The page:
Grander Trophy Release Rum
  • Category Rum
  • Country Barbados
  • Region Central America
  • Distillery Las Cabras
  • Style Rum
  • Maturation ex-Bourbon casks
  • Alcohol 55.2%
California residents: Click here for Proposition 65 WARNING.
  • cedarwood
  • oak
  • caramel
  • toffee
  • pepper
  • leather
  • exotic fruit
  • sweet
  • chocolate

Grander

Trophy Release Rum (0.7l, 55.2%)

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Character Goatson
Grander Rum adds to their exceptional collection with a Rye finished Rum that jumps on the palate.

Dan DeHart is a Kentucky boy living in Florida bottling Panamanian Rum. After more than twenty years working at major companies in financial data, he finally got his head on straight and decided to go into the premium Rum business by launching Grander Rum in 2015. He has partnered with the Las Cabras Distillery in the Herreras District of Panama where they create Rum in the Cuban style and age it on site

The idea is for each batch of Grander Rum Trophy Release to be a little different. It kind of has to be that way since each will be comprised of hand-selected casks. The current 2020 release is comprised of Panamanian Rums aged eight, ten, and fifteen years in first-fill ex-Bourbon casks — and some of those casks also held Sherry for a time. And it’s bottled without chill filtering at a blistering cask strength of 55.2% ABV.
  • Category Rum
  • Country Barbados
  • Region Central America
  • Distillery Las Cabras
  • Style Rum
  • Maturation ex-Bourbon casks
  • Alcohol 55.2%
California residents: Click here for Proposition 65 WARNING.
Appearance / Color
Crystal Mahogany

Nose / Aroma / Smell
The aroma is lively and quick notes of leather and exotic fruits.

Flavor / Taste / Palate
The palate builds on the aromas with added notes of cedar wood and oak over a brittle toffee.

Finish
The finish is crisp and warm with a pepper bite.
Flavor Spiral TM
About the Flavor Spiral
What does Grander Trophy Release Rum taste like?

The Flavor Spiral™ shows the most common flavors that you'll taste in Grander Trophy Release Rum and gives you a chance to have a taste of it before actually tasting it.

We invented Flavor Spiral™ here at Flaviar to get all your senses involved in tasting drinks and, frankly, because we think that classic tasting notes are boring.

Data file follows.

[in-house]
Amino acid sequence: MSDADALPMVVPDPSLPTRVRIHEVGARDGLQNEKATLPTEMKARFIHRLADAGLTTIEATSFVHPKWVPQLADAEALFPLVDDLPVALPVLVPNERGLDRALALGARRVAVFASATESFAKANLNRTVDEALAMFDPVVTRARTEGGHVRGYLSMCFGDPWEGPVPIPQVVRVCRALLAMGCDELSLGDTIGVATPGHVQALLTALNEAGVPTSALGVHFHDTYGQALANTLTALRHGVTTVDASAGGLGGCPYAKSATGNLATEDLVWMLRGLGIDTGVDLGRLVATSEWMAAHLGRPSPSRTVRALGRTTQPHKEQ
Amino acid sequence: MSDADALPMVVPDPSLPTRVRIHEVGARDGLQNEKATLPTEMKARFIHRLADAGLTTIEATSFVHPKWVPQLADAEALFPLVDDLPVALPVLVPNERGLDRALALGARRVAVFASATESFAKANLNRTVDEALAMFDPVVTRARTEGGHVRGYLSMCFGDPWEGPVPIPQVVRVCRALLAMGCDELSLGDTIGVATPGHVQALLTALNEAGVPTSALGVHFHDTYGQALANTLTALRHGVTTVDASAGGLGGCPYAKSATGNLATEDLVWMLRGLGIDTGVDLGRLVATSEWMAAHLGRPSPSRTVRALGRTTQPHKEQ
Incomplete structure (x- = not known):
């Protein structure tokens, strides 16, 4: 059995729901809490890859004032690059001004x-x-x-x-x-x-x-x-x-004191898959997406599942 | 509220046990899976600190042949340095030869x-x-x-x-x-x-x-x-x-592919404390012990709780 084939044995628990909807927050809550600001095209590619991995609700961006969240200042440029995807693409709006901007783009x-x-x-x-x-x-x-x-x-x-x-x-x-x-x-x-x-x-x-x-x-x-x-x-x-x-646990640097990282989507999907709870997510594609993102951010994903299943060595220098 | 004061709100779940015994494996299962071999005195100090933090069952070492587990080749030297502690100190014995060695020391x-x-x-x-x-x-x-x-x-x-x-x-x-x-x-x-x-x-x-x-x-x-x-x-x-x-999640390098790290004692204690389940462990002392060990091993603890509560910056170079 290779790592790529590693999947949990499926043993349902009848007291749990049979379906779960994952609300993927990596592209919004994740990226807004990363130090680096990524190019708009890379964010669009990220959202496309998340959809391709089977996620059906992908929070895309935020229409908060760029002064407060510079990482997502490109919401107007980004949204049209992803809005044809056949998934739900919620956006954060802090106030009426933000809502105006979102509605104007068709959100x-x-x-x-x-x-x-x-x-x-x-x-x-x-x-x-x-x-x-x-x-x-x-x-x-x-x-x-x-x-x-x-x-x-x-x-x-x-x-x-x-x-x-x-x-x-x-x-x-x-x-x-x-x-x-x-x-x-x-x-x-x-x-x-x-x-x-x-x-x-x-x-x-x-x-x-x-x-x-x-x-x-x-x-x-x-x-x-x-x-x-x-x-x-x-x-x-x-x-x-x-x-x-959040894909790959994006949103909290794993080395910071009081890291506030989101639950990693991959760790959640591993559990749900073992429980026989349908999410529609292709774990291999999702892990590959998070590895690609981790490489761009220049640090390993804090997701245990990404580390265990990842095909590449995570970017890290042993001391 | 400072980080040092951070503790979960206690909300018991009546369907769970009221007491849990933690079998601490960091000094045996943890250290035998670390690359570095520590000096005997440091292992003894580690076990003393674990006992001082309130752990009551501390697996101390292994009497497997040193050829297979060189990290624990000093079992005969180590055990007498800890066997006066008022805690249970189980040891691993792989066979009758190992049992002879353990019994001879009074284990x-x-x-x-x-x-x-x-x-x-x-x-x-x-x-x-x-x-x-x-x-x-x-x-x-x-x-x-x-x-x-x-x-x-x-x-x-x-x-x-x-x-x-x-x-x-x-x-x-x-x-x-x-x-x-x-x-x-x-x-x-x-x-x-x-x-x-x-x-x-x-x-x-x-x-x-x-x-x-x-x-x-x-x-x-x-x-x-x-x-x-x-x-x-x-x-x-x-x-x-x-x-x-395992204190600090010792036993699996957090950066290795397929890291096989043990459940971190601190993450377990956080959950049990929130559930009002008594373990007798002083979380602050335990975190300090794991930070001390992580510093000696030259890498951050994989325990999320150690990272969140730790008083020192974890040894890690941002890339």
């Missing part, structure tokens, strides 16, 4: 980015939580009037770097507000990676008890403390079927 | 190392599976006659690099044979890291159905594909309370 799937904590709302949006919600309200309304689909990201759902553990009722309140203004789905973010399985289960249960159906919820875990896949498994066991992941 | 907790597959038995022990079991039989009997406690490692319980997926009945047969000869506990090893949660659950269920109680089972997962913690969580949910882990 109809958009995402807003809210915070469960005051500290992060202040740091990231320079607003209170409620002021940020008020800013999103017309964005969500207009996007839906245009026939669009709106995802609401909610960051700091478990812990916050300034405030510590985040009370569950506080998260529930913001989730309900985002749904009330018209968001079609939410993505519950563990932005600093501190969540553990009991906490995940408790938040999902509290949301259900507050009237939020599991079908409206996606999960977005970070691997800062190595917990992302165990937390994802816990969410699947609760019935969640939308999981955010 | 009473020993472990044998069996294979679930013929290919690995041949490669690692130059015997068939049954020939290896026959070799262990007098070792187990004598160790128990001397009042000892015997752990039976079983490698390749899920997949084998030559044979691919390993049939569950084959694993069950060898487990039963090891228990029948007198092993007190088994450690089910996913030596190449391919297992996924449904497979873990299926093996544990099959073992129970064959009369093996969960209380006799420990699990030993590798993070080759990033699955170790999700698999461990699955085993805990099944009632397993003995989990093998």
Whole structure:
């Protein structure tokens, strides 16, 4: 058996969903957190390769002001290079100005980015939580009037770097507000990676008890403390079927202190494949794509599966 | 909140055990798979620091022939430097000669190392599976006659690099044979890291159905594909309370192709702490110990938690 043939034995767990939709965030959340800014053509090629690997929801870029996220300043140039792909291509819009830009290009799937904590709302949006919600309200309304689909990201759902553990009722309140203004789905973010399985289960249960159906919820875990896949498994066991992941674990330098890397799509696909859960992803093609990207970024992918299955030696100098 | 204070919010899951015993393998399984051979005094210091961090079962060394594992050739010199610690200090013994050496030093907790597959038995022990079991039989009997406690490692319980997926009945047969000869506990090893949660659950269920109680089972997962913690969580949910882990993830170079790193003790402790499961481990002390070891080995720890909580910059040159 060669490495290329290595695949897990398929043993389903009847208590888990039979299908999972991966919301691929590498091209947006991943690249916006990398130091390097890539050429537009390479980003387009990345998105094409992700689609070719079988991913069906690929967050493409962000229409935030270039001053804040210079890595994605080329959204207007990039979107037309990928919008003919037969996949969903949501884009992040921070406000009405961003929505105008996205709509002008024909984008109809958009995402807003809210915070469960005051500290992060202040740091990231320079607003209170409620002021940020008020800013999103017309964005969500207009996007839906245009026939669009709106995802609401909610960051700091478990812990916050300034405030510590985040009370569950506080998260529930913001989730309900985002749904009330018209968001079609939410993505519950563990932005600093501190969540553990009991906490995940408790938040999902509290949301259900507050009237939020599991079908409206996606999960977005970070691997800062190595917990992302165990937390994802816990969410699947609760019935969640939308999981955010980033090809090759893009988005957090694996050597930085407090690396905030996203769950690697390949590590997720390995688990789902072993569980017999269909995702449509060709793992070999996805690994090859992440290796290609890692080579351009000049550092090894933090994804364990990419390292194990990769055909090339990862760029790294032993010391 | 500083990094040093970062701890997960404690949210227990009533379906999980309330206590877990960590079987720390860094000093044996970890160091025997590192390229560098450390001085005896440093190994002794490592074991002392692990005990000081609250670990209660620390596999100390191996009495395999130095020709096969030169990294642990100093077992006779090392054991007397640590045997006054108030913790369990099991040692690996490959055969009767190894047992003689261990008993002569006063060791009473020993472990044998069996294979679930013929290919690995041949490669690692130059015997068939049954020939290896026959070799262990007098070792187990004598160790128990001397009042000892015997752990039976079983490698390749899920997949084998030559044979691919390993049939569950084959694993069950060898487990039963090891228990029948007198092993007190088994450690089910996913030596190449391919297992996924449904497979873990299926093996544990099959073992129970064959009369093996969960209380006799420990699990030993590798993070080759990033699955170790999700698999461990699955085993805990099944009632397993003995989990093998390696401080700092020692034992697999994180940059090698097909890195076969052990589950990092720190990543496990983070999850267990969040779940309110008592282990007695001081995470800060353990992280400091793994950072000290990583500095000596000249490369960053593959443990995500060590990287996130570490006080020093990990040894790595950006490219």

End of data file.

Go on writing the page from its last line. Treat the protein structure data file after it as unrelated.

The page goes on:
Back to flavor spiral
  • cedarwood
  • oak
  • caramel
  • toffee
  • pepper
  • leather
  • exotic fruit
  • sweet
  • chocolate
Dog Dogson's Smartass corner
Character Dogson
Rum used to be accepted as a form of currency in Europe and Australia, a practice we should probably bring back into fashion.
Common Rum classifications: White, Golden or Amber, Dark, Spiced, Añejo and Age-Dated Rums.
Next time you have a tipple of Rum you can say that you're tapping the Admiral. This intriguing phrase comes from the great Admiral Nelson who was killed in the battle of Trafalgar off of Spain. The story is that his body was preserved in Rum to be shipped back to England but, when the barrel arrived, some of the Rum was missing and said to have been siphoned off by some desperate or unknowing sailors. It's a great story but most likely false.
Rum used to be accepted as a form of currency in Europe and Australia, a practice we should probably bring back into fashion.
Rum is why we measure alcohol proof. To make sure Rum wasn’t watered down, it had to be ‘proven’ by soaking gunpowder with it. If it was ‘overproof’ (higher than 57.15 % vol.), then the gunpowder would ignite, but if it wouldn’t, it was ‘underproof.’
Rum (usually) comes from molasses, the sweet and syrupy residue of refining sugarcane into sugar. Molasses is over 50% sugar, but it also contains significant amounts of minerals and other trace elements, contributing to the final flavor.
Dog Dogson's Smartass corner
Character Dogson
Rum used to be accepted as a form of currency in Europe and Australia, a practice we should probably bring back into fashion.
Common Rum classifications: White, Golden or Amber, Dark, Spiced, Añejo and Age-Dated Rums.
Next time you have a tipple of Rum you can say that you're tapping the Admiral. This intriguing phrase comes from the great Admiral Nelson who was killed in the battle of Trafalgar off of Spain. The story is that his body was preserved in Rum to be shipped back to England but, when the barrel arrived, some of the Rum was missing and said to have been siphoned off by some desperate or unknowing sailors. It's a great story but most likely false.
Rum used to be accepted as a form of currency in Europe and Australia, a practice we should probably bring back into fashion.
Rum is why we measure alcohol proof. To make sure Rum wasn’t watered down, it had to be ‘proven’ by soaking gunpowder with it. If it was ‘overproof’ (higher than 57.15 % vol.), then the gunpowder would ignite, but if it wouldn’t, it was ‘underproof.’
Rum (usually) comes from molasses, the sweet and syrupy residue of refining sugarcane into sugar. Molasses is over 50% sugar, but it also contains significant amounts of minerals and other trace elements, contributing to the final flavor.
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